The Sandy Bridge Previewby Anand Lal Shimpi on August 27, 2010 2:38 PM EST
As was the case with Lynnfield, the current Sandy Bridge CPUs Intel is sampling are slightly different than what will be sold. The Core i5 2400 runs at 3.1GHz, has four cores, 6MB of L3 cache but no Hyper Threading. In order to help Intel’s partners test HT functionality however, the i5 2400s being sampled right now have Hyper Threading enabled. For the purposes of our test I’ve run with HT both enabled (to give you an idea of higher end SB parts) and disabled (to give you an idea of i5 2400 performance).
The other major difference between what’s out today and what’s coming in Q1 is turbo. Early Sandy Bridge samples, ours included, do not have turbo enabled. The CPU simply runs at 3.1GHz all the time, regardless of workload. The final retail 2400 will be able to run at up to 3.4GHz.
In other words, what we show here should be indicative of final performance, but it's probably slower than what will ship in Q1.
On the GPU side, the part I’m testing appears to be the single-core GPU configuration (6 EUs). Intel hasn’t released any info as to what parts will get the dual-core/12 EUs GPU configurations, although it may make sense for Intel to use the 12 EU parts in notebooks given the importance of integrated graphics to the mobile market. Update: The part we're looking at may actually have been a lower clocked 12 EU part, we're still waiting for additional confirmation.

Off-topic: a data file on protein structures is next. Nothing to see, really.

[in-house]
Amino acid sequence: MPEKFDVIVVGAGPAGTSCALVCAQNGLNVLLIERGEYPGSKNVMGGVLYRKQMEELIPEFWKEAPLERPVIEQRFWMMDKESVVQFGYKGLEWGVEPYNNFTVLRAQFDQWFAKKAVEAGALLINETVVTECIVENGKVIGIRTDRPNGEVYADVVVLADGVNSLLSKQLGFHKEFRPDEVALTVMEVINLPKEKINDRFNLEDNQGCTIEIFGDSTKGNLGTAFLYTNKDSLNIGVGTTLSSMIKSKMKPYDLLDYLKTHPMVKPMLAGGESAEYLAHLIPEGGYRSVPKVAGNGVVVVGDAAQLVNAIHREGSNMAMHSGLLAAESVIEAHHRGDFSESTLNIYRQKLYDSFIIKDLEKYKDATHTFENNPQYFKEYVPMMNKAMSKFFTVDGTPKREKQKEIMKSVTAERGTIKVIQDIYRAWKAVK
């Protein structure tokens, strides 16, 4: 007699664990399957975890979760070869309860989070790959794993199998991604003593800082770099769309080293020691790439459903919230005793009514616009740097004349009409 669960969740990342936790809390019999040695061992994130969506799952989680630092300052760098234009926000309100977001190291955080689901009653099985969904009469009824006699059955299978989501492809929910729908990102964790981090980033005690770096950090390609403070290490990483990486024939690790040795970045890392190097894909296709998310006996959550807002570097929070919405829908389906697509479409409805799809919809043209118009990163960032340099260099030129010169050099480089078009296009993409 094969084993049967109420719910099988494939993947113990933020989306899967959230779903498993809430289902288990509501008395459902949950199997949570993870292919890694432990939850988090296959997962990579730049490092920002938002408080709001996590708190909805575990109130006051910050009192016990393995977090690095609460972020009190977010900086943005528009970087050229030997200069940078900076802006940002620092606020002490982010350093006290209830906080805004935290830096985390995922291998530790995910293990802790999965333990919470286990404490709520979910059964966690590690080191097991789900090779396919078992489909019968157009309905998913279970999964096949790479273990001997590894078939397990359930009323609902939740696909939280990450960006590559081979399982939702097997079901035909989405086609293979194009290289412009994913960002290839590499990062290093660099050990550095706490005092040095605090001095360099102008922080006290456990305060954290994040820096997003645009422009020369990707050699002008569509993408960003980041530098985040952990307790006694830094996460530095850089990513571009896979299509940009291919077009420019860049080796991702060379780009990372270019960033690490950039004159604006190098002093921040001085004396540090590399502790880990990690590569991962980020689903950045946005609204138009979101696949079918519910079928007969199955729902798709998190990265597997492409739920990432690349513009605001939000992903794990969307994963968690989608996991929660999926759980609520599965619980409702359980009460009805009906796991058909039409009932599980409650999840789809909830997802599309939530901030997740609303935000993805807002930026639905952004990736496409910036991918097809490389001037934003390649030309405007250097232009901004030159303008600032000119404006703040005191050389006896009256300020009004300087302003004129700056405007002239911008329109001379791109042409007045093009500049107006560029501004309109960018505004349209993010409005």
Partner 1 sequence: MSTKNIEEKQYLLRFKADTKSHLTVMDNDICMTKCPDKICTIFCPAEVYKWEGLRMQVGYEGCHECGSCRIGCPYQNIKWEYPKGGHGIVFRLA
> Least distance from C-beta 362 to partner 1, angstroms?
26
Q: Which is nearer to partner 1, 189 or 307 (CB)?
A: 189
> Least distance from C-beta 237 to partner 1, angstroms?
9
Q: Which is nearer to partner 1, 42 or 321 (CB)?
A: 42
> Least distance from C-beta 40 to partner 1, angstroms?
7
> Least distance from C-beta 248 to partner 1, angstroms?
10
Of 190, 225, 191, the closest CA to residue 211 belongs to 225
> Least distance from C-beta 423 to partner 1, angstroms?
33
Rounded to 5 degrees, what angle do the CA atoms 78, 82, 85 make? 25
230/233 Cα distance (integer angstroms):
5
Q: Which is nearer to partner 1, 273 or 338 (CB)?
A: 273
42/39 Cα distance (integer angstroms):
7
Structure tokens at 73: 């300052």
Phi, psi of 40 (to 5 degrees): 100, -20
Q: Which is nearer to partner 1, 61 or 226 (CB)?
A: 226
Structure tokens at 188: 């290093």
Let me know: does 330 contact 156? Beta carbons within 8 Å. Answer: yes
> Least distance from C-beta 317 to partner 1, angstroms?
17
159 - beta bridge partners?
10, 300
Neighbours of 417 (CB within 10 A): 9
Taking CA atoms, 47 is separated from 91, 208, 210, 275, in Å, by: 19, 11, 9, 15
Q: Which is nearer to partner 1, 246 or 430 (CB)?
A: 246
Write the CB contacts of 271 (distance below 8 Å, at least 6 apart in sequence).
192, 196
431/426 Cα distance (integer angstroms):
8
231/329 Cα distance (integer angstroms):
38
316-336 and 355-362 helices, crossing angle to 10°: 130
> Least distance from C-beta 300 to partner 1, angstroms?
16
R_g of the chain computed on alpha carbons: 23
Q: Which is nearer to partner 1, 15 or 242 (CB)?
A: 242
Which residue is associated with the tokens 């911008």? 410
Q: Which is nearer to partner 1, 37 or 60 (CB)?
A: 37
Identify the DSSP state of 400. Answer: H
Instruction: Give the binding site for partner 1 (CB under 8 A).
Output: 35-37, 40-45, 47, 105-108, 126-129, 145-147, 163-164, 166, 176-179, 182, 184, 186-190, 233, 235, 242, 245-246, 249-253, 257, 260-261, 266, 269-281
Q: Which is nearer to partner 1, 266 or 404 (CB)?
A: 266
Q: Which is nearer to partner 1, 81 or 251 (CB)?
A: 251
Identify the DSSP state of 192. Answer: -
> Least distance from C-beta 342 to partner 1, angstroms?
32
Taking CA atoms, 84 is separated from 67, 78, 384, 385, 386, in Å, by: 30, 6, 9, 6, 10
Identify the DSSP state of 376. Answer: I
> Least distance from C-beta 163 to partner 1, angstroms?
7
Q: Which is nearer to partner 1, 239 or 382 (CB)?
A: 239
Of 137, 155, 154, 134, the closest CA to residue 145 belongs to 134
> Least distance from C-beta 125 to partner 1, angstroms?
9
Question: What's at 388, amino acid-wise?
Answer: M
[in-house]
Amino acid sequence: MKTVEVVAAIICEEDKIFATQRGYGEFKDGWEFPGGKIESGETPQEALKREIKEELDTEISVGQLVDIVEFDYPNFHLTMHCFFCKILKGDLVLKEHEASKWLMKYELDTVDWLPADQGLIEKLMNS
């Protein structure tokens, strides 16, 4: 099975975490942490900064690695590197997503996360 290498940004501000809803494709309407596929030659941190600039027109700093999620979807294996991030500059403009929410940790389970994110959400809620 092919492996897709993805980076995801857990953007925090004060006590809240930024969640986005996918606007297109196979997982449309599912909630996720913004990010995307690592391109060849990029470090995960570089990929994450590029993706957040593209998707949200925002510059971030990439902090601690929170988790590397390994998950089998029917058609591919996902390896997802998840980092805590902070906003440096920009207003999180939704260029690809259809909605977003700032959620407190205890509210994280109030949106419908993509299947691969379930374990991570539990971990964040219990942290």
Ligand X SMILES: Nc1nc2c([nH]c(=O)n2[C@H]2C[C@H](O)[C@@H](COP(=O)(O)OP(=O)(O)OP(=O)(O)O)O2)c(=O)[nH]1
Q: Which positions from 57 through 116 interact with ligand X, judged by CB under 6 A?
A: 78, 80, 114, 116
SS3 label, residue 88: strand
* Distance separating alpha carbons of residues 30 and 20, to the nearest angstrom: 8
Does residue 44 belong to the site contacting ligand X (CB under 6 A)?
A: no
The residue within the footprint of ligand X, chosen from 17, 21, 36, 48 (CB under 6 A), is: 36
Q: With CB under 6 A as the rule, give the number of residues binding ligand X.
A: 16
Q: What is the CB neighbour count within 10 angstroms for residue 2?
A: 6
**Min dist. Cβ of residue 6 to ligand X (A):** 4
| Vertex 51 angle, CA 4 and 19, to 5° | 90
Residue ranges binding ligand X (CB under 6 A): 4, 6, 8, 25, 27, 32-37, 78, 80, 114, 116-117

Our test platform was a H67 based motherboard running with 4GB of DDR3-1333, the same memory we use in our Lynnfield testbeds.
I’m comparing to four other CPUs. The Core i7 980X for a high end comparison, the Core i7 880 for a near clock-for-clock comparison (albeit with HT enabled), the Core i5 760 for a potential price comparison and the Phenom II X6 1090T. The latter should be AMD’s fastest offering (if not close to it) when Sandy Bridge ships. Update: Note the Core i5 650 is actually the predecessor to the Core i5 2400, however I didn't feel a dual core vs. quad core comparison was too fair. The i5 760 will actually go head to head with the higher clocked i5 2500 when it launches in Q1.
ASUS P7H57DV- EVO (Intel H57)
Intel DP55KG (Intel P55)
Intel DX58SO (Intel X58)
Intel DX48BT2 (Intel X48)
Gigabyte GA-MA790FX-UD5P (AMD 790FX)
Intel 184.108.40.2065 (Intel)
AMD Catalyst 8.12
|Hard Disk:||Intel X25-M SSD (80GB)|
Corsair DDR3-1333 4 x 1GB (7-7-7-20)
Corsair DDR3-1333 2 x 2GB (7-7-7-20)
eVGA GeForce GTX 280 (Vista 64)
ATI Radeon HD 5870 (Windows 7)
ATI Catalyst 9.12 (Windows 7)
NVIDIA ForceWare 180.43 (Vista64)
NVIDIA ForceWare 178.24 (Vista32)
|Desktop Resolution:||1920 x 1200|
Windows Vista Ultimate 32-bit (for SYSMark)
Windows Vista Ultimate 64-bit
Windows 7 x64